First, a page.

Who hasn't dreamed of striking it rich like Alex Snelius? A few years ago, the semiretired truck mechanic from the southwest suburbs won one of the biggest individual windfalls in the history of the Illinois Lottery-a payout of $18.5 million after taxes. If you're now imagining how much better your own life would be with the luck of Alex Snelius-the splendors you could afford, the tee shot you could perfect, the Trumpian swagger you could affect-then read on. His is a cautionary tale about the perils that can accompany great wealth-evidence of something we all know but sometimes have trouble remembering: money doesn't buy happiness (though it sure can buy a lot of other stuff).
Snelius's story, The $18-Million Headache, is just one part of our special report on the ways money courses through the lives of Chicagoans.
First up: Who Makes What, our second annual roundup of more than 250 local jobs and what they pay (including profiles and comparisons). As you compare your own circumstances with those of the workers presented here-from actor to Zen Buddhist, star outfielder to stargazer-the question you may ask is, "How am I doing?" Only you can answer that.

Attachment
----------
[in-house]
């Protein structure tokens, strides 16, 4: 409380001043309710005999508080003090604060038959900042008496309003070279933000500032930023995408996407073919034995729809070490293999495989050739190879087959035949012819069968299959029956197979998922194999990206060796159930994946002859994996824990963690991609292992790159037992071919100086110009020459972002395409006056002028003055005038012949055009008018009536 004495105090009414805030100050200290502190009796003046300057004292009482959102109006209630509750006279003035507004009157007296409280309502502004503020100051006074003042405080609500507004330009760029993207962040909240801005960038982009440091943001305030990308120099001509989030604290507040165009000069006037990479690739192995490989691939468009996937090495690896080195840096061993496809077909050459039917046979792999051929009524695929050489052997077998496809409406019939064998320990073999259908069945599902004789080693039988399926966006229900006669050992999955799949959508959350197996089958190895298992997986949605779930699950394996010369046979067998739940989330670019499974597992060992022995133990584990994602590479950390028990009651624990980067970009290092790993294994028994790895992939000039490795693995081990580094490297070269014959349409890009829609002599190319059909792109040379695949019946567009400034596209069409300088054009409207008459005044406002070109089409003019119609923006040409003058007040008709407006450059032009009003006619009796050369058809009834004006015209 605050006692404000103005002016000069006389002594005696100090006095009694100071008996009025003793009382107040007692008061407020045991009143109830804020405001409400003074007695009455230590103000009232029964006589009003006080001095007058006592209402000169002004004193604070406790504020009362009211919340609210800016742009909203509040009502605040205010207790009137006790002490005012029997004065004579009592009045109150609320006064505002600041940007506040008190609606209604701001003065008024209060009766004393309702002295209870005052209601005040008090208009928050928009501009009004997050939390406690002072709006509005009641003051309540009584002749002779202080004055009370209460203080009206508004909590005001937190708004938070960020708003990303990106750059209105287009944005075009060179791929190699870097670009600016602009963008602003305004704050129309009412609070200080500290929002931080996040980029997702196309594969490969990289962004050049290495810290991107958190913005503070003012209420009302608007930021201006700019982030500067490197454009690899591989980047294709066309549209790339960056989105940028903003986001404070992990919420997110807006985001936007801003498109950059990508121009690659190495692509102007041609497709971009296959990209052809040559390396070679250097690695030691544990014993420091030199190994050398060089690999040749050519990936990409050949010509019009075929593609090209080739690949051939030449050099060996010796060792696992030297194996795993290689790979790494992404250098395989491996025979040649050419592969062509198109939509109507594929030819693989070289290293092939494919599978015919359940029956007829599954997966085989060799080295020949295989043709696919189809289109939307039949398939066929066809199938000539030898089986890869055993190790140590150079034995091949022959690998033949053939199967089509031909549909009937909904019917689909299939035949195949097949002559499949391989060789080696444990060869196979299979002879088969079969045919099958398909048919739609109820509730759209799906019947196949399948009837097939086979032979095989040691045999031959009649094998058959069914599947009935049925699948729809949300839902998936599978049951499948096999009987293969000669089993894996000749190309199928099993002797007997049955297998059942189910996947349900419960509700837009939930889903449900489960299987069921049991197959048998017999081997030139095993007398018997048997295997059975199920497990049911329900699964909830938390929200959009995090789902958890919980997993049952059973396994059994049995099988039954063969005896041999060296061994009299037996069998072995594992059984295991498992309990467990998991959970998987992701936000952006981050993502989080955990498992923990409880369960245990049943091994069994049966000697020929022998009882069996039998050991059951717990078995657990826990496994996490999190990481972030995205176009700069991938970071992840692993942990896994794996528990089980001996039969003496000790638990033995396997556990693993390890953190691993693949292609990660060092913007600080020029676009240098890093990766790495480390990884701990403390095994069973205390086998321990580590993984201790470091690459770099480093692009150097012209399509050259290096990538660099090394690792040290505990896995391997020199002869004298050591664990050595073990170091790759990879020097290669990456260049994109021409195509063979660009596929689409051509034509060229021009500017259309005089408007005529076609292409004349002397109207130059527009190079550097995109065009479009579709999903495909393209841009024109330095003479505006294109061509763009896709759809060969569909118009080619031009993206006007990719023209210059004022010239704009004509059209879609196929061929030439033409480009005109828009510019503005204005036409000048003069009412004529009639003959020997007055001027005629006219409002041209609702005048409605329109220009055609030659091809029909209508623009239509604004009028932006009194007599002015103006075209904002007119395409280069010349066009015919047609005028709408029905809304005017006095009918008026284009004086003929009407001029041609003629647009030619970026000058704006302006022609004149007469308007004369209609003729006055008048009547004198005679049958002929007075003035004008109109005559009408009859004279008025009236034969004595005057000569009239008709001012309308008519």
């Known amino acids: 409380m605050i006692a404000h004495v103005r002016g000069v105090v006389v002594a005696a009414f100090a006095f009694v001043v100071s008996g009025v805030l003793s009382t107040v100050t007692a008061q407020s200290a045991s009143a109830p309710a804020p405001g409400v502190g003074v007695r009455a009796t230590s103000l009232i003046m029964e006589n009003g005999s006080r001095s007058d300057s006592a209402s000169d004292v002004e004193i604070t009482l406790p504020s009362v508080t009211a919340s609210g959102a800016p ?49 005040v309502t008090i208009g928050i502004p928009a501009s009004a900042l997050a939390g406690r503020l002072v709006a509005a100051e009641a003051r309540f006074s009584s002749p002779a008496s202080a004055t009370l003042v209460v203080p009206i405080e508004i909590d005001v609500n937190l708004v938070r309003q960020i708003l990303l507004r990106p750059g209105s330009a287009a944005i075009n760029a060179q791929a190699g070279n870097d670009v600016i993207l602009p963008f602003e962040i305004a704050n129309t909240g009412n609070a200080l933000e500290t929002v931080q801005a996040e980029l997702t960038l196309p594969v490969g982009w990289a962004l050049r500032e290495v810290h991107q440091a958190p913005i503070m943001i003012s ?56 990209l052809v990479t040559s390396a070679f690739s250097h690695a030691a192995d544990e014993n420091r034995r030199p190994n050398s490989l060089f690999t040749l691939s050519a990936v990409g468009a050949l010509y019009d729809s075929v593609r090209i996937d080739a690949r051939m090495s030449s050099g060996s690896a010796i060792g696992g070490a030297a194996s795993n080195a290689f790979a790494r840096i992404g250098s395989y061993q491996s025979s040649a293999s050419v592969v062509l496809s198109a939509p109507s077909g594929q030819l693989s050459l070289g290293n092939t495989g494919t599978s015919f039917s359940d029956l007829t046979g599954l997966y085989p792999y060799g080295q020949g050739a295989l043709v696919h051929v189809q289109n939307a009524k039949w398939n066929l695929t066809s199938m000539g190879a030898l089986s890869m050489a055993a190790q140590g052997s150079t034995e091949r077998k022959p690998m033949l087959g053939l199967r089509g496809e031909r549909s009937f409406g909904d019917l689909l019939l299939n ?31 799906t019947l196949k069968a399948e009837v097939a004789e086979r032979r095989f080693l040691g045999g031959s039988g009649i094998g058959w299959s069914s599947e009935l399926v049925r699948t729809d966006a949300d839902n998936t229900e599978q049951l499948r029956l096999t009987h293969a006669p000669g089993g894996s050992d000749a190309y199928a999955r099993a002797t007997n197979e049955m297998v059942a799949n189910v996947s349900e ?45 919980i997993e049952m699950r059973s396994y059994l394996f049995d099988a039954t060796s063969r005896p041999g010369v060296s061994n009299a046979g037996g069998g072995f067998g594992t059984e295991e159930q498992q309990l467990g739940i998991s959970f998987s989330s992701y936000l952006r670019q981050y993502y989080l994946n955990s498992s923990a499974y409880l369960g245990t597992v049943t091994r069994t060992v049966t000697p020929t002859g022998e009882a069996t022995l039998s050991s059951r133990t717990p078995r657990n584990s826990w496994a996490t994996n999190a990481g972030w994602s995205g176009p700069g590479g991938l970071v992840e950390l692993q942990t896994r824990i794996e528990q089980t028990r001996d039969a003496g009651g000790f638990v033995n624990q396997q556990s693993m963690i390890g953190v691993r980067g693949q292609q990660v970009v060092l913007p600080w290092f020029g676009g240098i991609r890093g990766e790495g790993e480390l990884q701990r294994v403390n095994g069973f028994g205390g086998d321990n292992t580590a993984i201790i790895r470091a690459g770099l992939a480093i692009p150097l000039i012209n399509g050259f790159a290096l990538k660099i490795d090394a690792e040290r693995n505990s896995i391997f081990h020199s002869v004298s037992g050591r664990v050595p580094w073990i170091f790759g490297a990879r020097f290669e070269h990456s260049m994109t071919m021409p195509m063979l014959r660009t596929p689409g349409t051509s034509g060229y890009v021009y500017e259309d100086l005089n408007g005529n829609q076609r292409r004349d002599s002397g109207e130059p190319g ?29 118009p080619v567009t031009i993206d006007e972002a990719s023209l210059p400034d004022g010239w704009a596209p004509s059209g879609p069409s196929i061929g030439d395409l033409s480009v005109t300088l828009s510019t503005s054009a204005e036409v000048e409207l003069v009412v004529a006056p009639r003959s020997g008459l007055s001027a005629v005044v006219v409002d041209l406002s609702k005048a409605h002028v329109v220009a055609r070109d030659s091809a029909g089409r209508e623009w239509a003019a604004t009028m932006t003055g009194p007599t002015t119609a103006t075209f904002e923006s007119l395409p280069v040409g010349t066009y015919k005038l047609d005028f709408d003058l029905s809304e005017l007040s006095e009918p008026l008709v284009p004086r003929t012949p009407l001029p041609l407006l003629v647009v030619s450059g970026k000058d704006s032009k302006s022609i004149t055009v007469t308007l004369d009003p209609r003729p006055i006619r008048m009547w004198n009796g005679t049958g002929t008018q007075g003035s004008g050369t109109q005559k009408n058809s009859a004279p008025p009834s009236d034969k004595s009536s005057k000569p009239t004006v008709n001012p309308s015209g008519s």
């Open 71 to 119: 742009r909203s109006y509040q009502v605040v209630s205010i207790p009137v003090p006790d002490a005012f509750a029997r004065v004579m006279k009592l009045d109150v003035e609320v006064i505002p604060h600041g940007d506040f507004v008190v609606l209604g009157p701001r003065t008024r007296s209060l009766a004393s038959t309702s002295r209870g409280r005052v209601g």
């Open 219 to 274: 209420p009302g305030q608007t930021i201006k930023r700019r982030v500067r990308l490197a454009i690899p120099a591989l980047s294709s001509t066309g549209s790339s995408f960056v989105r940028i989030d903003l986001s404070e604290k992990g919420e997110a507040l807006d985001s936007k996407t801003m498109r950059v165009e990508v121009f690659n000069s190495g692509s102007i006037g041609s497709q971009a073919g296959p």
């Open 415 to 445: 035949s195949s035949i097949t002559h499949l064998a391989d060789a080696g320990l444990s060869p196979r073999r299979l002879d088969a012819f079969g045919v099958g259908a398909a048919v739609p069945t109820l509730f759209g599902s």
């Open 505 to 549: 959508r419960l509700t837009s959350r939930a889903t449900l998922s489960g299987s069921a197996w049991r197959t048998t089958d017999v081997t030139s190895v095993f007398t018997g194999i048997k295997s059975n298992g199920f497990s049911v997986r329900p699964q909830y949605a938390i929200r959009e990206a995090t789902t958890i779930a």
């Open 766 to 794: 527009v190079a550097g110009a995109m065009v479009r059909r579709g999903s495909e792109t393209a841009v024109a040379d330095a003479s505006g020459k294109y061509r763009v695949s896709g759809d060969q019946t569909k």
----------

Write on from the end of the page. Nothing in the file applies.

But elsewhere we answer a few other questions. Who Will Do Better? is a color-coded map of the region showing projected growth in median family income over the next few years. Among the fastest growers are some places you might expect, but also some surprises.
Next we move from earning money to parting with it. In Where Does It All Go?, we asked some locals to keep track of their expenditures for a week. Besides opening a window on their lives, they emerged with some strong reactions to the experience, from resignation to embarrassment to vows of better spending discipline.
And finally, something useful: The Bucks Start Here, 20 tips to make it easy for you to save more of the money you work so hard for. By following our advice, you may even end up as rich as Alex Snelius someday. You should be so lucky.